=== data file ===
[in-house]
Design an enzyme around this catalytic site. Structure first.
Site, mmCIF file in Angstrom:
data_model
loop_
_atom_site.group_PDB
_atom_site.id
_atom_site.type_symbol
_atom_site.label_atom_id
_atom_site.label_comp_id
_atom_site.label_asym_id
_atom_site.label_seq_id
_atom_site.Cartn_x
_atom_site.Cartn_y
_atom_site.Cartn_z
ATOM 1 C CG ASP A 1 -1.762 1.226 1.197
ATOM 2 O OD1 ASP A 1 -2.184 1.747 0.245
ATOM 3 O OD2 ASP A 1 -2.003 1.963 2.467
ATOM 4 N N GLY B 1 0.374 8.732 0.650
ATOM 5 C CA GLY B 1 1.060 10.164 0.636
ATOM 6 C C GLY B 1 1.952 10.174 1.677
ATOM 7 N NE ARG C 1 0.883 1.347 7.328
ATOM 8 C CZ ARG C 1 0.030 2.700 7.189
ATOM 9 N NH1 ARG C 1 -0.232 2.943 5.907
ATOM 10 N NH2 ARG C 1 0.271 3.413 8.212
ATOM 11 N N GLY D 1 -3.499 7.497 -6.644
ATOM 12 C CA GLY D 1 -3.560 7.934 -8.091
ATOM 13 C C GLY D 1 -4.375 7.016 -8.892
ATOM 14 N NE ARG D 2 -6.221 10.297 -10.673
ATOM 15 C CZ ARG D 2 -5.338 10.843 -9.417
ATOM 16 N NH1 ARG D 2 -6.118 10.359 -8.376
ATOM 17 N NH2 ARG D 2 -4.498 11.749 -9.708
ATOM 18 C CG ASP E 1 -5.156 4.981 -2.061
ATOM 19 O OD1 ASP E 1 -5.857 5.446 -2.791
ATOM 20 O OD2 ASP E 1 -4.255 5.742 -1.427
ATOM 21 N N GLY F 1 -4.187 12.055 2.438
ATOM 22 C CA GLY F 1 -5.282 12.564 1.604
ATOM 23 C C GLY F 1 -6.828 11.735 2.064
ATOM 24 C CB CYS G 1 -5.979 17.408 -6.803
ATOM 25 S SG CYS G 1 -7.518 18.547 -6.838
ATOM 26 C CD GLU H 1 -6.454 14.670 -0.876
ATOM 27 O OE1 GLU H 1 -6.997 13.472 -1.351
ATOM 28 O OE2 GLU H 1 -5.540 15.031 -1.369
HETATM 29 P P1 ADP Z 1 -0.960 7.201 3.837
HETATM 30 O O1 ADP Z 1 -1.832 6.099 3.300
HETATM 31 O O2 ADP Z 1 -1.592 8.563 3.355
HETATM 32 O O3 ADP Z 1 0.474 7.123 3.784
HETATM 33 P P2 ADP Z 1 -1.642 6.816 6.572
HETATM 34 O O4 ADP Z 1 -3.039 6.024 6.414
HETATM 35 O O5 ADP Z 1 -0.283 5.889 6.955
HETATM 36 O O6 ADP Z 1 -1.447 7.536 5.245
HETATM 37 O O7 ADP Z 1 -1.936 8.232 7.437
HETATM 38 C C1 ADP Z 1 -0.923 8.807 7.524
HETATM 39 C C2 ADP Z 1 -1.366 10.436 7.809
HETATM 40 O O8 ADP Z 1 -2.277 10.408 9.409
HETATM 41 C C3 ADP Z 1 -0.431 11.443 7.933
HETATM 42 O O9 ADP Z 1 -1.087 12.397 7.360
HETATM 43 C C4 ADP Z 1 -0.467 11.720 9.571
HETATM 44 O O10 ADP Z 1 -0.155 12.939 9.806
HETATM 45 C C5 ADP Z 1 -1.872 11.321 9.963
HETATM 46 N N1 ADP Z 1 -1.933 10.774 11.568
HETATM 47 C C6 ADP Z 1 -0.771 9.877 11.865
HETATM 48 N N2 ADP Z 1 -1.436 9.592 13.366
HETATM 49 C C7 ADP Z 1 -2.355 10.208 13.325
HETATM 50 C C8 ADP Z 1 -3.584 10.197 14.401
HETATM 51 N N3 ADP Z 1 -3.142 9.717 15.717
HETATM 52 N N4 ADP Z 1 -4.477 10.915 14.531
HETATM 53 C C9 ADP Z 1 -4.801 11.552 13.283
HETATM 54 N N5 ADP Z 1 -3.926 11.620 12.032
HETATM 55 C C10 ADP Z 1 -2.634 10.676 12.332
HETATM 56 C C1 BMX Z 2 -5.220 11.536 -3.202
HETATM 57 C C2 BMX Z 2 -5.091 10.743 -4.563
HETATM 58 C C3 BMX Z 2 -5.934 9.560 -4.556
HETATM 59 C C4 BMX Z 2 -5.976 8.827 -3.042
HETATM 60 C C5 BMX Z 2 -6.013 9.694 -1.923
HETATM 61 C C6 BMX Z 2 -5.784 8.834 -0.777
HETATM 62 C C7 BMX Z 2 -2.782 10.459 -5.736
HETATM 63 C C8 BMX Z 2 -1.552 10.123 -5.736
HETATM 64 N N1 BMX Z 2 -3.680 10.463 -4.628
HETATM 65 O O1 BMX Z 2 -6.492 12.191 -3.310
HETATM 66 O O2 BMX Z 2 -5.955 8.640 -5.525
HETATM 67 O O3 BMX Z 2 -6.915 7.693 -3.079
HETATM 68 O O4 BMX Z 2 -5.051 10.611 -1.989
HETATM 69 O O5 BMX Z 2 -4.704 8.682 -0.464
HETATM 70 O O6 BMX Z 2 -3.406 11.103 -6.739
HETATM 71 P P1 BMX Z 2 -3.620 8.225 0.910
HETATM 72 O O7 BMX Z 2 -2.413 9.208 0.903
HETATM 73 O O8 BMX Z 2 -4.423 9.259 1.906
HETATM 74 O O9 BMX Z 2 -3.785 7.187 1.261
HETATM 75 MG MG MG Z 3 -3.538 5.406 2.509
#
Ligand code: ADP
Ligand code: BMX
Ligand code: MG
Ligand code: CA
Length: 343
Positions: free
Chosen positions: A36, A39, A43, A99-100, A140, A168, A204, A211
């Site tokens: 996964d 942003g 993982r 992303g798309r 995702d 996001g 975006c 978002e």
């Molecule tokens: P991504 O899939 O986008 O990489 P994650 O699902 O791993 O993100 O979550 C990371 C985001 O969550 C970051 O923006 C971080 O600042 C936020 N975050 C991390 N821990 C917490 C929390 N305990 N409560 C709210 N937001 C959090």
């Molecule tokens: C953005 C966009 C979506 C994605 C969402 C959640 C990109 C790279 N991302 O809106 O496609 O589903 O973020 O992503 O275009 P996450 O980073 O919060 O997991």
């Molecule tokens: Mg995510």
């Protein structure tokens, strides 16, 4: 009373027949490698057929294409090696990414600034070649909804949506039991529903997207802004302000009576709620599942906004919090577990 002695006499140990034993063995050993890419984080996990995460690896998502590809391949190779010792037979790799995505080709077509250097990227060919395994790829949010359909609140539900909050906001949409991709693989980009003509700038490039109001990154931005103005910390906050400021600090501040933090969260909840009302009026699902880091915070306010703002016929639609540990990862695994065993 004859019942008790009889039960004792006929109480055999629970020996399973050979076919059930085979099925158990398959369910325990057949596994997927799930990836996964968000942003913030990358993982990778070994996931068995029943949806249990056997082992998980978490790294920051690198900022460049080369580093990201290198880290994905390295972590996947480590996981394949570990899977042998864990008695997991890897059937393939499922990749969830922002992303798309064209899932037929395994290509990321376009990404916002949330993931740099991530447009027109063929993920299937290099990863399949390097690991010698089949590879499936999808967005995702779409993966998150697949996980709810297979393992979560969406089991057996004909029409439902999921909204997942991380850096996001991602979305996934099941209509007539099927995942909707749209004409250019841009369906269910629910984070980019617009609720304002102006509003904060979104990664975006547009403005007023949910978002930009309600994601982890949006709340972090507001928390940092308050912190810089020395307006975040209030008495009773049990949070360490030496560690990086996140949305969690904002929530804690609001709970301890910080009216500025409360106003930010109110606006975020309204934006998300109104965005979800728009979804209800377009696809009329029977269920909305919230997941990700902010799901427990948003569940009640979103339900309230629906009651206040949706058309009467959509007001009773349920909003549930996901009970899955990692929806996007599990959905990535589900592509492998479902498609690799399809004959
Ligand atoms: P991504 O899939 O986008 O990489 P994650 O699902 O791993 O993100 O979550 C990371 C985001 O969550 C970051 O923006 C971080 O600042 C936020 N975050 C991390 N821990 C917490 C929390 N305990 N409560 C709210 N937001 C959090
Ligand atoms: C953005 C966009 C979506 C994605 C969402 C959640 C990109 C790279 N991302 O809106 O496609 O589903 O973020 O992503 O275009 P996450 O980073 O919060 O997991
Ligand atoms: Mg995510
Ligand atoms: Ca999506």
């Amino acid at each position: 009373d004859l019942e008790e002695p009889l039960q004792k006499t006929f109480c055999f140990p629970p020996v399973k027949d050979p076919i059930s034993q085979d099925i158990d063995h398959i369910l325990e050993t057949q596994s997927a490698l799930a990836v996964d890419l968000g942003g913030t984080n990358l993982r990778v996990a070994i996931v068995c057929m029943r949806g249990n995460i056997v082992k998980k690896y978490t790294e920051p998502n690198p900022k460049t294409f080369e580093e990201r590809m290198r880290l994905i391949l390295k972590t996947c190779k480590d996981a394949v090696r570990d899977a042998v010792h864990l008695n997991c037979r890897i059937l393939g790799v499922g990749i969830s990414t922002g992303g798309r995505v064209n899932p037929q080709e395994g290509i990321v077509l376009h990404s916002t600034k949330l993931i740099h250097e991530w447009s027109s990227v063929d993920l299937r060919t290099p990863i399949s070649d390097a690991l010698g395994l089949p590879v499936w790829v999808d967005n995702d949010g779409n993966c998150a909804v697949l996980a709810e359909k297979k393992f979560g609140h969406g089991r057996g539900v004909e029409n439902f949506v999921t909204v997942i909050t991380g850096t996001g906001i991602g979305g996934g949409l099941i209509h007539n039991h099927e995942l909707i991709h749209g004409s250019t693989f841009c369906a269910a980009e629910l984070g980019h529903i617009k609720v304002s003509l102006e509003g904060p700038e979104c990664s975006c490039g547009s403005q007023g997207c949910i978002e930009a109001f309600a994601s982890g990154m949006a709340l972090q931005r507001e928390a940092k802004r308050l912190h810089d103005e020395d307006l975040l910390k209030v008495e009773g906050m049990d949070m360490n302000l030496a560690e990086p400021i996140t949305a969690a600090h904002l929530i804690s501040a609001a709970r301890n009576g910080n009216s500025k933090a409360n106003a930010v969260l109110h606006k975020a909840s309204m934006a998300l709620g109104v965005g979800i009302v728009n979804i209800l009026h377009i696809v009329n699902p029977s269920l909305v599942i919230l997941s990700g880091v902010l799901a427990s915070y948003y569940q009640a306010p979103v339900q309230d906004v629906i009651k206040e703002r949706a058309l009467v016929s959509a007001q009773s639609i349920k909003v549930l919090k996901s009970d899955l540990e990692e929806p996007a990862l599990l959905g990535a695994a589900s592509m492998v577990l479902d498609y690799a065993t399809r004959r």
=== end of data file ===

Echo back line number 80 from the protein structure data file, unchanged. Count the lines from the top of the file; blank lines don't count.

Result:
HETATM 65 O O1 BMX Z 2 -6.492 12.191 -3.310